It is definitely a stirring speech worthy of Steve Rogers himself. DeFalco’s scripting for Shannon in this scene is of course still extremely relevant to our country, especially in light of the events of the past month.
American Dream quickly becomes a mainstay of these new Avengers. Several issues later, in A-Next #10-11 by DeFalco, Frenz & Al Milgrom, the team journeys to the dystopian nightmare world where the original Avengers fought their final battle. In this reality the Red Skull assassinated Hitler and led the Nazis to victory in World War II. In the present day the Skull’s successor Doctor Doom seeks to expand this fascist empire to all other alternate realities.
After helping to thwart Doom’s plans a decade before, Captain America stayed behind to organize a resistance movement against the totalitarian regime. At first Cap is unhappy to meet these new Avengers and orders them to return home, fearing they will be killed. American Dream and the rest of the team refuse and they join Cap in his assault on Doom and his super-human Thunder Guard.
Doom is narrowly defeated, with Crimson Curse apparently sacrificing her life. Before returning home, these new Avengers are finally given a nod of approval by Cap. America Dream gains the shield of that Earth’s Cap, who was killed decades before by the Skull.
A-Next ended with issue #12, but American Dream has continued to pop up since then. Like many other denizens of Earth-982, she and her teammates would show up from time to time in Spider-Girl. One noteworthy story was the six part “Season of the Serpent” by DeFalco, Frenz, Pat Olliffe, Al Williamson & Sal Buscema that ran in issue #s 54-59 (Jan to June 2003). During that arc Spider-Girl, who has been fighting against the Soldiers of the Serpent and their leader the death-god Seth, joins American Dream on a brief trip back to the alternate Earth to enlist the aid of Thunderstrike and the original Captain America.
American Dream is among the numerous characters to appear in the miniseries Last Hero Standing (2005) by DeFalco, Olliffe & Koblish, and its follow-up Last Planet Standing (2006). She is one of the heroes who plays a vital role in preventing Galactus from destroying the entire universe. This led into the Avengers Next miniseries (2007) by DeFalco, Ron Lim & Koblish. Months before, during Last Hero Standing, Captain America had been killed by Loki, and Shannon finally realized the enormity of following in his footsteps. A major theme of Avengers Next is her uncertainty if she and the rest of the team are capable of living up to the original Avengers.
A year later Shannon received a solo outing in the aforementioned American Dream miniseries, which I enjoyed. DeFalco did a good job delving into Shannon’s past. He also showed her present-day attempts to establish a private civilian life while also serving as an iconic member of the Avengers, something that Cap himself also struggled with often.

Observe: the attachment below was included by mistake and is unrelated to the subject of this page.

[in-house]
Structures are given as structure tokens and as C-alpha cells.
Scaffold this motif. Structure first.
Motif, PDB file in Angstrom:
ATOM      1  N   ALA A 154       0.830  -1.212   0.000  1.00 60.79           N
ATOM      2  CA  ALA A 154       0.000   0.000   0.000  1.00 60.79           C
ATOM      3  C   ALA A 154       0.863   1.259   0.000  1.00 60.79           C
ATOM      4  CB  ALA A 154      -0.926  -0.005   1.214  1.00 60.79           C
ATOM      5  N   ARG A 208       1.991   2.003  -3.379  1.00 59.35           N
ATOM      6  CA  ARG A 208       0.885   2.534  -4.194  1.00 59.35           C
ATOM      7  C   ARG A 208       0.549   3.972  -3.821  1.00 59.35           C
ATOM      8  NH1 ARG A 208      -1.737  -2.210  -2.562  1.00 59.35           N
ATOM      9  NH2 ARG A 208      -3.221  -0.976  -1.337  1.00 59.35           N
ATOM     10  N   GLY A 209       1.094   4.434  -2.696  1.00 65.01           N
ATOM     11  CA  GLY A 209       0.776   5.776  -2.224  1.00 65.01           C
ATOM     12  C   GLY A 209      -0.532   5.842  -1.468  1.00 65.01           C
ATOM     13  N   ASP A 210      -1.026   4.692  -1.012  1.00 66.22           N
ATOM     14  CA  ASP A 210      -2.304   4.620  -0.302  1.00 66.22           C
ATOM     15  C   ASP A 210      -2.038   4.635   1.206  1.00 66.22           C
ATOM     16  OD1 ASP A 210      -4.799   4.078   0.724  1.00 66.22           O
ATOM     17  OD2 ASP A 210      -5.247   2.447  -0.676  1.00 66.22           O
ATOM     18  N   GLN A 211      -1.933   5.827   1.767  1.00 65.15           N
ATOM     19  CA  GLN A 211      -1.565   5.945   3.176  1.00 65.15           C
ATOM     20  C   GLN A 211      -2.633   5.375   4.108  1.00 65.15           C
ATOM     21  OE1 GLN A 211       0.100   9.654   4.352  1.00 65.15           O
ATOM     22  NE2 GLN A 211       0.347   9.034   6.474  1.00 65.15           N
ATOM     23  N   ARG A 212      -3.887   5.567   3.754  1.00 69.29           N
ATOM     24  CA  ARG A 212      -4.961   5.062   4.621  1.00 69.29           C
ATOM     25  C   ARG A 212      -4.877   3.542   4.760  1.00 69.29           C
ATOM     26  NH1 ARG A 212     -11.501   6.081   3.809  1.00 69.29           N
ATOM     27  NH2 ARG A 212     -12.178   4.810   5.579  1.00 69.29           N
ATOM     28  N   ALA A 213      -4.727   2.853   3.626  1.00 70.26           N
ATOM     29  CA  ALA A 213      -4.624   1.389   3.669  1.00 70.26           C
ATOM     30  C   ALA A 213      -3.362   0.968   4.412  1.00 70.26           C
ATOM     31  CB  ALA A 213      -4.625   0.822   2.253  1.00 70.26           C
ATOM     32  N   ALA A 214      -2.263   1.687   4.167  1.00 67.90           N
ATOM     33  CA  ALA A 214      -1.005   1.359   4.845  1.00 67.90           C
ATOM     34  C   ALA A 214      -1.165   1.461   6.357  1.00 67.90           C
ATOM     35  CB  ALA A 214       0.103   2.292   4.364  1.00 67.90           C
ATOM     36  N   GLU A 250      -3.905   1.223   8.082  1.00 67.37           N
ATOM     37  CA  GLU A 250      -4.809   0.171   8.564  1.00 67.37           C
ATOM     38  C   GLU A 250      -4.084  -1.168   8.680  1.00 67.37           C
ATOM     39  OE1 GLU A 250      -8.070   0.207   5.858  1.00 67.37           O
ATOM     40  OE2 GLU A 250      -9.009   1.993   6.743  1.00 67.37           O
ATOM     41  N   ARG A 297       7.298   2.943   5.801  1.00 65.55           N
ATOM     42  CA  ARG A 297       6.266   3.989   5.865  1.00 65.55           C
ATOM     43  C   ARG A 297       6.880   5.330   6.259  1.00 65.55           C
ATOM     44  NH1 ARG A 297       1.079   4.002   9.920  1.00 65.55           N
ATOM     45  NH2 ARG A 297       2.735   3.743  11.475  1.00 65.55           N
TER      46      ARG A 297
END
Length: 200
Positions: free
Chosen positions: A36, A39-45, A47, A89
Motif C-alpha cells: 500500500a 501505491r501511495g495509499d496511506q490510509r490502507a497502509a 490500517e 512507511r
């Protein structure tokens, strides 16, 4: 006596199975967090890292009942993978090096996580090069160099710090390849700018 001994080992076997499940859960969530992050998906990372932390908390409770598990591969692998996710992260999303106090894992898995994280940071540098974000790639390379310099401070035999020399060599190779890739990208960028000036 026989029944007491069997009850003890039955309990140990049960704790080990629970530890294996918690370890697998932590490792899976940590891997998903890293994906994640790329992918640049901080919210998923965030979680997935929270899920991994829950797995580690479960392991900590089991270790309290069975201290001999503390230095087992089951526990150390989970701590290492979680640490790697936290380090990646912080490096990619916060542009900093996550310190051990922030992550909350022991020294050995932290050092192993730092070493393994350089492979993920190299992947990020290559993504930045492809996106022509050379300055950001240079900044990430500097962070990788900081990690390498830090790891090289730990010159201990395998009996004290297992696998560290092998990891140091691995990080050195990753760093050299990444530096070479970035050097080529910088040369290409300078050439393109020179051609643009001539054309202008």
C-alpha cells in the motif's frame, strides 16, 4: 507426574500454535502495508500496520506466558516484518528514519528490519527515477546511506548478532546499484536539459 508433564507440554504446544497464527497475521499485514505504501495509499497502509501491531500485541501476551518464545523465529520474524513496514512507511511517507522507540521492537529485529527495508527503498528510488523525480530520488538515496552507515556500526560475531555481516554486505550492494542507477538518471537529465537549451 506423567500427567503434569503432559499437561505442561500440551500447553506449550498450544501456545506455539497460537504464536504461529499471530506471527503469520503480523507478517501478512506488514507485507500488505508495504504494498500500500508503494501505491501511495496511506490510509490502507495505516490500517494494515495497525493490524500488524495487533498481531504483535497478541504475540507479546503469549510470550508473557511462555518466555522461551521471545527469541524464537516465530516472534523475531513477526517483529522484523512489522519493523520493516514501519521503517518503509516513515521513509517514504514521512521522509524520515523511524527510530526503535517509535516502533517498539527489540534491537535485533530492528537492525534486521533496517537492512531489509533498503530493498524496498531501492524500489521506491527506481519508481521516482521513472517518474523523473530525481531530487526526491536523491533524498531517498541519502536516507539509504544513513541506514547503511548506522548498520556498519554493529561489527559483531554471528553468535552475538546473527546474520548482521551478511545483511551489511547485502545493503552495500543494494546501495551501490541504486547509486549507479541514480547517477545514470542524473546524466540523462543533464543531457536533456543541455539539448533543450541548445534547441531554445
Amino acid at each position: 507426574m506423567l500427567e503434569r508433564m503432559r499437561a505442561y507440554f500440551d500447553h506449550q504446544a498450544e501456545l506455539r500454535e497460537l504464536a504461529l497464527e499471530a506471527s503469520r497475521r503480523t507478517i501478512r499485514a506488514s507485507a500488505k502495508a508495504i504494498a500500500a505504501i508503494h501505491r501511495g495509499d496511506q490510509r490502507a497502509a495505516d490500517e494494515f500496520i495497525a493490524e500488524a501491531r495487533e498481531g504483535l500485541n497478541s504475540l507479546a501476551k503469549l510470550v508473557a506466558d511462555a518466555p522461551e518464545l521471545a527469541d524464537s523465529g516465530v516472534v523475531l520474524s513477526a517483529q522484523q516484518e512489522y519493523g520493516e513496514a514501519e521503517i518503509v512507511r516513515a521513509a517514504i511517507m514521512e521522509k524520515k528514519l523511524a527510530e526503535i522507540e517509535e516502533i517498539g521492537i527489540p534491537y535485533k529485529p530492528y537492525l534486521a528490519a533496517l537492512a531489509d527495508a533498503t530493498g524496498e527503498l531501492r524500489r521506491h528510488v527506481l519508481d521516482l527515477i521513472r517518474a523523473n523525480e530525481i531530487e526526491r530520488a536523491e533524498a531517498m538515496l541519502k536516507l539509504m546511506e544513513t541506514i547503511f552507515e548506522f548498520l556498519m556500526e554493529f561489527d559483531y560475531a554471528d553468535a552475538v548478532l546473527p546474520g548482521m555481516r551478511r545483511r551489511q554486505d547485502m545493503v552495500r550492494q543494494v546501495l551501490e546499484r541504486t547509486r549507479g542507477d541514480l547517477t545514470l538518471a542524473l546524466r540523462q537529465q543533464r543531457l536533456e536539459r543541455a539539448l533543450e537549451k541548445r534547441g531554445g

I know that among certain readers DeFalco’s writing is an acquired taste. He has a very Silver Age style to his work. At times he tries a bit too hard to make his dialogue humorous or dramatic, resulting in rather corny or stilted scripting. Nevertheless, considering how many writers want to do superhero comic books that are “realistic” or “dark,” often with variable results, there is definitely a refreshing, fun quality to DeFalco’s more traditional approach.
The art by Nauck & Koblish on American Dream was fantastic. I was already a fan of both artists before this miniseries came out, so it was great to see them work together.
American Dream has also popped up in stories by other writers. She was one of the literally hundreds of alternate reality Avengers to make cameos in the sprawling, epic twelve chapter Avengers Forever series (Dec 1998 to Feb 2000) by Kurt Busiek, Roger Stern, Carlos Pacheco & Jesus Merino.
A decade later Stern had the opportunity to write a story that properly co-starred American Dream when Captain America Corps was published in 2011. It was illustrated by Phillippe Briones with covers by Phil Jimenez. This five issue miniseries featured several incarnations of Cap from various time periods, namely Steve Rogers from 1941, U.S. Agent and Bucky Barnes / the Winter Soldier from the present day era, American Dream from Earth-982 and Commander A from the 25th Century. The Elder of the Universe known as the Contemplator gathered them together in order to thwart Cap’s old foe Superia, whose reckless attempts to alter history threatened to unravel all of reality.
I have always enjoyed Stern’s work on Captain America. Stern’s short run with John Byrne & Josef Rubinstein on Cap’s solo series is justifiably referred to as classic, and his longer run writing Avengers in the mid-1980s is also extremely well-regarded. Since then Stern has occasionally had the opportunity to return to the character, such as in this Captain America Corps miniseries. It was a really exciting read. It was great to see Stern team up American Dream with Steve and Bucky.
Offhand I don’t recall if American Dream has appeared in the last several years. Hopefully at some point she will show up again. I would certainly be happy if DeFalco had another opportunity to write her and the other Avengers of Earth-982. Of course, sooner or later Marvel ends up reviving any & every character that they have ever published (just look at all of the parallel universes and old crossovers that are being revisited within the current Secret Wars mega-event). So cross your fingers that one day we will see Shannon Carter return.